If, for example, patients are using a quick and deep inhalation with a pressurised metered dose inhaler, not using their spacer, or would benefit from a dose counter, then the flowchart suggests they may be more suitable for a dry powder inhaler. Environmental impact is only considered for patients where there is not a clear clinical preference of inhaler device type.

How does this resource support a move towards high quality and low carbon asthma care? Why is this important?

It's important to remember that the climate crisis is a health crisis and affects the health of all people. For our asthma patients, outdoor air pollution, largely caused by the burning of fossil fuels, is known to both cause and worsen asthma. Climate change is causing longer and stronger allergen seasons which can trigger asthma exacerbations.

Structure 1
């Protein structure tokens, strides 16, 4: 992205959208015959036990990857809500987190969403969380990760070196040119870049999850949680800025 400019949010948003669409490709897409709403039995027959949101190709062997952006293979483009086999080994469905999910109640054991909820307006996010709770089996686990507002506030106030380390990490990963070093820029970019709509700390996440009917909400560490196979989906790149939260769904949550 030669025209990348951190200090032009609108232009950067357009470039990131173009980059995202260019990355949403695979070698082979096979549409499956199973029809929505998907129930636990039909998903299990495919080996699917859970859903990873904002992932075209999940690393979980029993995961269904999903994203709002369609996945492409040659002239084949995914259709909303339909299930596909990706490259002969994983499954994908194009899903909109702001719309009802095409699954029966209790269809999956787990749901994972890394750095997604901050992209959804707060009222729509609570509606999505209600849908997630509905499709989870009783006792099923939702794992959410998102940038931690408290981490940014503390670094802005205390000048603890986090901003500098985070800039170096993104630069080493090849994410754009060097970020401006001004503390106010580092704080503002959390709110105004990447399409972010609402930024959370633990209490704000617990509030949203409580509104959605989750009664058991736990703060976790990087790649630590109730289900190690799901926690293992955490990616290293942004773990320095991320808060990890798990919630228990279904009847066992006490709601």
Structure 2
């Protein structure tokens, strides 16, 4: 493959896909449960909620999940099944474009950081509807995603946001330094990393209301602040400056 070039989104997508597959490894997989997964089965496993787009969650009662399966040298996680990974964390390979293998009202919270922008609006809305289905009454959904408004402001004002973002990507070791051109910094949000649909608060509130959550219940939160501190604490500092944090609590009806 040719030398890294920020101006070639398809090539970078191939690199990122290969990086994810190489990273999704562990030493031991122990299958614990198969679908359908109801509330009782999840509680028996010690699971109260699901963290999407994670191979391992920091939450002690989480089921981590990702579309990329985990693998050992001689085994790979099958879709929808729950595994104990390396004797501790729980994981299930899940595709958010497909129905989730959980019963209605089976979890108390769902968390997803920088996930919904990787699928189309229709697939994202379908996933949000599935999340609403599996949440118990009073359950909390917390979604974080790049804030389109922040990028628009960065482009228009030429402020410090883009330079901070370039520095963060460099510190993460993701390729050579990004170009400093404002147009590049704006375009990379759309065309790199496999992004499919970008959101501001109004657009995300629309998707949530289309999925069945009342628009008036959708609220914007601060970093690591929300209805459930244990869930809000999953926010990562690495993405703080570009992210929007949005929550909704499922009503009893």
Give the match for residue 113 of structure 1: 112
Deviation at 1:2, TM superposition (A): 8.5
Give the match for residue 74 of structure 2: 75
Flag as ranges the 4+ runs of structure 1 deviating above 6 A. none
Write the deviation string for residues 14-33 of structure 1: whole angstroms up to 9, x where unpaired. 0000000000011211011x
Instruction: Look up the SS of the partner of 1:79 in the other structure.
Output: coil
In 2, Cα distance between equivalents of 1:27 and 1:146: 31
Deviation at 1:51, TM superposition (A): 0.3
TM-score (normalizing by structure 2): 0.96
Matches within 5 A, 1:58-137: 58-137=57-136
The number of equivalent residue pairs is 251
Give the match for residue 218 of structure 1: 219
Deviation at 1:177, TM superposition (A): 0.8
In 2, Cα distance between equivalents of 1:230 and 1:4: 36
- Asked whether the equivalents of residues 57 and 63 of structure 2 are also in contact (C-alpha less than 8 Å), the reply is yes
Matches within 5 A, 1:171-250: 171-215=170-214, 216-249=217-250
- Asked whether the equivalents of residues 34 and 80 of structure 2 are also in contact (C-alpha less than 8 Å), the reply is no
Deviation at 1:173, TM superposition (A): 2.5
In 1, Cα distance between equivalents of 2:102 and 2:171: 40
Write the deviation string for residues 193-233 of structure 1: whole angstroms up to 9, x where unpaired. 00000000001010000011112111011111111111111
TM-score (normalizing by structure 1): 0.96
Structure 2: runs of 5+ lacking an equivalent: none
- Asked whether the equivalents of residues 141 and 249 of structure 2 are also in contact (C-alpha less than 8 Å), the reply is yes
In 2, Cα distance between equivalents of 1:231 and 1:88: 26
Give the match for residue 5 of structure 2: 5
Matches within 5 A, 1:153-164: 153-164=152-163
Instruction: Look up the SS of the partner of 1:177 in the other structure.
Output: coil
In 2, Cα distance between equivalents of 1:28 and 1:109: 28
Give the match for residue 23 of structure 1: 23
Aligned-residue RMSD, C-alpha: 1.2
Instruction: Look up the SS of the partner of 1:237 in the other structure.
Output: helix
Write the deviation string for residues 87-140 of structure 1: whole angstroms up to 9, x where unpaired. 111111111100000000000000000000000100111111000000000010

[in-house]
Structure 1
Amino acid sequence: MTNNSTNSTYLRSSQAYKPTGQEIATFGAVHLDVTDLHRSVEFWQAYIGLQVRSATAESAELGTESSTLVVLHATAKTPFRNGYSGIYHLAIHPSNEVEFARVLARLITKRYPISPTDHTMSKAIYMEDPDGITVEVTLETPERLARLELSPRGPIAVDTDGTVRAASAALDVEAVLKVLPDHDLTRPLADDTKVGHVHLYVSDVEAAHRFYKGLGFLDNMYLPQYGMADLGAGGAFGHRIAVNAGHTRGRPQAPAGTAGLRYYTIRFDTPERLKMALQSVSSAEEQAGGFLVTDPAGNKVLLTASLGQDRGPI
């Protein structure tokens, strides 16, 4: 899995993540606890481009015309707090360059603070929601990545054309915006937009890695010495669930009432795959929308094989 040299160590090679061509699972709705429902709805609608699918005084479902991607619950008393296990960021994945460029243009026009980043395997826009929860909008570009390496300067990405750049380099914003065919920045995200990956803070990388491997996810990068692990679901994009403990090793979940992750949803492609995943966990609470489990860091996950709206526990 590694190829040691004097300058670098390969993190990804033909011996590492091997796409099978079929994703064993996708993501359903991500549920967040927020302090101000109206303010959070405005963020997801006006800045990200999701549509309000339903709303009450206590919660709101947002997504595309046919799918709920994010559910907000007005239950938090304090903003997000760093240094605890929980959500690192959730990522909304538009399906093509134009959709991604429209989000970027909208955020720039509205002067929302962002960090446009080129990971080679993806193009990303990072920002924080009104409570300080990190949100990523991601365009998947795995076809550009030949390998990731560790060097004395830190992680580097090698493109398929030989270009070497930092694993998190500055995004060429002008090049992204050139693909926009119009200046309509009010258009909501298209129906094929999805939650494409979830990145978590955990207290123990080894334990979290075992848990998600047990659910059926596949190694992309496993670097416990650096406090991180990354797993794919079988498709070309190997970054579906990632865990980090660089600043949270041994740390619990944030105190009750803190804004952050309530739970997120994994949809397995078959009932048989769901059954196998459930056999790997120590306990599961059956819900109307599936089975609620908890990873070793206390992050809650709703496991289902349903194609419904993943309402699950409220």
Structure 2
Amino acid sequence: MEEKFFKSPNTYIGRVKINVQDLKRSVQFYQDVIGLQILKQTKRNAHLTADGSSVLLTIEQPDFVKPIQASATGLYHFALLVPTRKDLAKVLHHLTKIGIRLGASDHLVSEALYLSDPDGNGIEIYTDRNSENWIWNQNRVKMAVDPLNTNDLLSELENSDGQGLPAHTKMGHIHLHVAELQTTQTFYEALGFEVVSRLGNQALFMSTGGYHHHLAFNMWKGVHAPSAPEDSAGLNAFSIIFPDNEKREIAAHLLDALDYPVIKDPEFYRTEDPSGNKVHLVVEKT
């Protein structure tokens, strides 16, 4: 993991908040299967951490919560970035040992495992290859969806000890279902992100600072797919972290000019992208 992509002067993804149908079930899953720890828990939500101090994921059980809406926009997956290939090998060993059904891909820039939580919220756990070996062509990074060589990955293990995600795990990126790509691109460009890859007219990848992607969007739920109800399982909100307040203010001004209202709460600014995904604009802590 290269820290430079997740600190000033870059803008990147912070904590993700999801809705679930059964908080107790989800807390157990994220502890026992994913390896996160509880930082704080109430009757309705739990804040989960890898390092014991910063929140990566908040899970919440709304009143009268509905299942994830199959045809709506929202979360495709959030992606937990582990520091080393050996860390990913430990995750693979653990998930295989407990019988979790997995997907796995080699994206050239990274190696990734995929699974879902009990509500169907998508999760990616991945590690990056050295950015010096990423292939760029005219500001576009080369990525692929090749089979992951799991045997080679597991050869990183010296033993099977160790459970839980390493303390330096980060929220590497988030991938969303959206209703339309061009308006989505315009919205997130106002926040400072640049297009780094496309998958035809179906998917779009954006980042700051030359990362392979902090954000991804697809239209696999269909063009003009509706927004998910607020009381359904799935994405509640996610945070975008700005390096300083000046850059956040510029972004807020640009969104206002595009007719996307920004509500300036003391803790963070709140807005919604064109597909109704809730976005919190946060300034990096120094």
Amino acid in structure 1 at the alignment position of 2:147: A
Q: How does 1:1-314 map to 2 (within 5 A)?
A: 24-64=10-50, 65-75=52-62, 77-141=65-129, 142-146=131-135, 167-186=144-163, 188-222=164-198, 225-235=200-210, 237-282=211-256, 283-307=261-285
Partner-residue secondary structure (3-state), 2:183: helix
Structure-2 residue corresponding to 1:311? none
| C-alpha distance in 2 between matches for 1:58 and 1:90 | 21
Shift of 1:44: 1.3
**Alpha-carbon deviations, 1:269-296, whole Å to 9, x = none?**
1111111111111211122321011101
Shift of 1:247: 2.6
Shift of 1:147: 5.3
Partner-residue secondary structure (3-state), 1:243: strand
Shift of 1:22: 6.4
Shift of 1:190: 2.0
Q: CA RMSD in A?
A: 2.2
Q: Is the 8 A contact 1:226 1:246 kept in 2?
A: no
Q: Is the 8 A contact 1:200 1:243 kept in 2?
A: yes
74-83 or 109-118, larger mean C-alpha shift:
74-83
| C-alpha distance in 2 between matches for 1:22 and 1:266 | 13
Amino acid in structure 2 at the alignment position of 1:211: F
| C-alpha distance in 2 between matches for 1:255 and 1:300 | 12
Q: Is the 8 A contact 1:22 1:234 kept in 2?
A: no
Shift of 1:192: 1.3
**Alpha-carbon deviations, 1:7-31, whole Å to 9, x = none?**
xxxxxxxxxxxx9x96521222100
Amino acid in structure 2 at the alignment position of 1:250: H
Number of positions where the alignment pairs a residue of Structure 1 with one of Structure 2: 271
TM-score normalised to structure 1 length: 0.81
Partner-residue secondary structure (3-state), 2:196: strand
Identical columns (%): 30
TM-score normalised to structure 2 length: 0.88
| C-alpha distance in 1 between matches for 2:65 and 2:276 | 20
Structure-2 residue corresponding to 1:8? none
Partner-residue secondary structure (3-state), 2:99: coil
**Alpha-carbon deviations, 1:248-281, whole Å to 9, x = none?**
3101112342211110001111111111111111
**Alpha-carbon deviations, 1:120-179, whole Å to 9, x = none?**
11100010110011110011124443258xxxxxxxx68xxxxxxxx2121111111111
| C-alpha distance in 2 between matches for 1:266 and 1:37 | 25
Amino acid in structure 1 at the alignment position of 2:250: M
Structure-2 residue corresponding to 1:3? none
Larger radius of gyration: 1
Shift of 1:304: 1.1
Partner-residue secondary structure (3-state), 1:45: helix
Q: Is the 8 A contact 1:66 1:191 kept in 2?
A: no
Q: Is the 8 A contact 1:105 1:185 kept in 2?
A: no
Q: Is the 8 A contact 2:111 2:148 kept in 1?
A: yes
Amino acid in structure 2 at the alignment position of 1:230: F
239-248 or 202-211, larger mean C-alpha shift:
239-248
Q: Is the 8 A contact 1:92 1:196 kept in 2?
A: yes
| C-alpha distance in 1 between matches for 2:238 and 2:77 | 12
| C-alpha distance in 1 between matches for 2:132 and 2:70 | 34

It's important to remember that the climate crisis is a health crisis and affects the health of all people.

Pressurised metered dose inhalers (pMDIs) are a carbon hotspot for the NHS, responsible for 13% of the emissions related to direct delivery of care, and NHSE has set a target for a 50% reduction in the carbon footprint of inhalers by 2028. These inhalers contain hydrofluorocarbon greenhouse gases, over a thousand times more powerful than carbon dioxide. In the UK we mostly prescribe high carbon pressurised MDIs, which is out of step with other European countries who prescribe a far higher proportion of lower carbon dry powder inhalers (DPIs), which are just as clinically effective for most asthma patients.